This Week Around the World

Feb. 2 Bir al-Abd, Egypt: A group of at least six masked individuals planted several explosive devices and exploded a natural gas pipeline that connected Israel to Egypt’s Sinai Peninsula. The pipeline, which began importing Israeli gas in January, provides electricity to homes and factories throughout central Sinai. Authorities temporarily paused the flow of gas in order to extinguish the fire that began after the explosion, but have reported that the gas flow was quickly resumed and no significant loss was caused by the attack. The Islamic State later claimed responsibility for the attack. “Caliphate soldiers targeted…the natural gas line linking the Jews and the apostate Egyptian government,” an IS statement said on the group’s Telegram group chat, according to The Middle East Eye.


Feb. 4 San Andres, Tuxtla, Mexico: A medium-sized truck carrying over 80 migrants from Central America flipped on Feb. 4 while on its way to the United States-Mexico border. At least one person died in the accident, and an additional 81 were injured. The injured passengers were taken to two local hospitals to receive treatment, and the more seriously injured were treated at a temporary shelter set up by officials after the crash. The Mexican National Guard has begun to crack down on migrants on their way to the U.S. border, causing many refugees to rely on smugglers or other dangerous means of transport, according to TeleSUR


Feb. 5 Istanbul, Turkey: A Boeing 737 owned by low-cost Pegasus Airline skidded over 150 feet off the runway before crashing into a 98-foot high ditch. The plane, which was attempting to land in dangerous weather conditions, broke into three pieces after crashing. At least 3 people died in the incident, while 179 were injured. The airport rerouted incoming flights, but resumed air traffic on Feb. 6. The plane’s co-pilot was seriously injured and is receiving treatment at a local hospital. “We are deeply saddened… [But] we are happy that we escaped a greater accident,” Istanbul’s Governor Ali Yerlikaya said in a statement, according to Al Jazeera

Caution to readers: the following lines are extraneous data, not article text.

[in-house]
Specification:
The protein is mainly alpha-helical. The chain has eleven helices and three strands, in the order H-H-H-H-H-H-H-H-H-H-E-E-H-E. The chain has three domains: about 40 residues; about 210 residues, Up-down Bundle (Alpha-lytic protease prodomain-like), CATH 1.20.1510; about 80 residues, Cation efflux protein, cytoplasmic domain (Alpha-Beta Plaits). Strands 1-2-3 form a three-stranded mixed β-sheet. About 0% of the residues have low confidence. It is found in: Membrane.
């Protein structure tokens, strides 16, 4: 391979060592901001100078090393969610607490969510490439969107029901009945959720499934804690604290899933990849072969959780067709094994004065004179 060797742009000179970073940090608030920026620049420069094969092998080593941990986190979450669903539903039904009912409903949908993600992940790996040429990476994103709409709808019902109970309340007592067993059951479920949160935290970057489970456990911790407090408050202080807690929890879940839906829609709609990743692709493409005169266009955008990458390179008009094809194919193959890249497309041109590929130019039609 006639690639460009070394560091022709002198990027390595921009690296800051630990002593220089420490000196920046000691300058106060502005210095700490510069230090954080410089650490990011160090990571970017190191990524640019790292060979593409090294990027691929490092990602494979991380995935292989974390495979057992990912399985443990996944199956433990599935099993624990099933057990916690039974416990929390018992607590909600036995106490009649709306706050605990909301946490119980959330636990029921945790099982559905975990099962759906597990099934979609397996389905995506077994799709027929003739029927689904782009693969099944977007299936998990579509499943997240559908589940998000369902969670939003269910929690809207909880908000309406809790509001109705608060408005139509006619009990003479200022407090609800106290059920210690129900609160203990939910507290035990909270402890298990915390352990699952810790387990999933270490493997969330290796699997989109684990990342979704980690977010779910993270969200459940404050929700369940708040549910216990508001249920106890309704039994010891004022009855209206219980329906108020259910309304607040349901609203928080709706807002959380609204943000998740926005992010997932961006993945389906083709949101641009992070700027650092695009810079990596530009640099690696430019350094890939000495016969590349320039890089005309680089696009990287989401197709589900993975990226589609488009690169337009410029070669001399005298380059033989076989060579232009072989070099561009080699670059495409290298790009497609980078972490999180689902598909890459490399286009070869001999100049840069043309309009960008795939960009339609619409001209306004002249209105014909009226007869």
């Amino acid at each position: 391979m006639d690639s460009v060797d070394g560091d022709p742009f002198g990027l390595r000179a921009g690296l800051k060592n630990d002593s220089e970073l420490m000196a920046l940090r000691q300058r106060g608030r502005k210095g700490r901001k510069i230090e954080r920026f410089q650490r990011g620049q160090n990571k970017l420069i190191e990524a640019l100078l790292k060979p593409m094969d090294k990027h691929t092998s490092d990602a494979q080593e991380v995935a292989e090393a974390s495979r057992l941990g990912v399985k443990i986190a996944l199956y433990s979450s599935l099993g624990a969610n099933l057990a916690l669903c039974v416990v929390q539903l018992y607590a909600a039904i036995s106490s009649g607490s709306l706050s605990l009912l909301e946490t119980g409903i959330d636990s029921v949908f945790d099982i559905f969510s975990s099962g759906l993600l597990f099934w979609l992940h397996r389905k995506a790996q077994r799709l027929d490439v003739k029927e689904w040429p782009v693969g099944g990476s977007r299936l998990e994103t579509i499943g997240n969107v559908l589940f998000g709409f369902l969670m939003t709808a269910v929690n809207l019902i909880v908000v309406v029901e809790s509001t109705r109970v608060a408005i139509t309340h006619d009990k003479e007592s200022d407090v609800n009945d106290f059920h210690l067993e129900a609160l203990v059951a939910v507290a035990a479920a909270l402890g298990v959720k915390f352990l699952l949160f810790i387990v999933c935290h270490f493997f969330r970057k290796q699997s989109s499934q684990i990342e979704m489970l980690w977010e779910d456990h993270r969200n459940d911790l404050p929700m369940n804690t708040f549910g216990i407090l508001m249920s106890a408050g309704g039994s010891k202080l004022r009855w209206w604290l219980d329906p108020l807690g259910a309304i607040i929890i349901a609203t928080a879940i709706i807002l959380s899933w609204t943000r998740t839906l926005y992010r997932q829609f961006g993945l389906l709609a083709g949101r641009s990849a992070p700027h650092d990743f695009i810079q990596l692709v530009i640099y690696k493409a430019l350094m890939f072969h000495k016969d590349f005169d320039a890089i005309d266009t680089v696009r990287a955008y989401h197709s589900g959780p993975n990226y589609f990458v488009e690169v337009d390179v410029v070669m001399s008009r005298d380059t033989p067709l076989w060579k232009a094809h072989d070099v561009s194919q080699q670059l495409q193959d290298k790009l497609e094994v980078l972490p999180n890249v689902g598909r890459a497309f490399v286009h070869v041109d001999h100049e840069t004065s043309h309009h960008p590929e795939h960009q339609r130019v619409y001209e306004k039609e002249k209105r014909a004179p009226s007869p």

Feb. 5-6 Kwekwe, Zimbabwe: At least 20 miners were trapped after a gold mine shaft collapsed on Feb. 5. Mine operators did not discover the collapse until the following morning on Feb. 6 when the miners did not return to the surface after their shift. The rescue operation recovered two bodies by the end of Feb. 6, but authorities believe there are many more to be found in the collapsed mine. “The rescue operation has been going on and we are yet to identify any more miners,” Civil Protection Unit chairman Fortune Mupungu said in a press statement, according to Reuters


Feb. 6 Lodi, Italy: Going over 180 miles per hour, a train was derailed and crashed into a nearby railroad building, injuring 31 people and killing both train drivers. No life threatening injuries have been reported by authorities, and the train drivers are the only deaths as of Feb. 9. “I thought I was dead,” an unnamed survivor told BBC. “I closed my eyes and prayed. The train was going really fast…suddenly I felt a violent blow.” Officials are investigating the accident in an attempt to determine what caused the high-speed train to derail. All trains along the route were suspended or redirected along other rail lines


Feb. 7 Bangui, Central African Republic: A CAR court sentenced five leaders of a Christian militia group to life in prison. The five leaders were accused of leading the mass murder of dozens of Muslims in CAR throughout May 2017, and were found guilty of war crimes and crimes against humanity. “It’s the first time that a sentence for crimes against humanity has been handed down by a CAR court,” Justice Minister Flavien Mbata said in a statement following the convictions, according to Al Jazeera. An additional 28 individuals who were involved in the 2017 killings were sentenced to 10–15 years of forced labor after the court found them guilty of murder and illegal posession of weapons.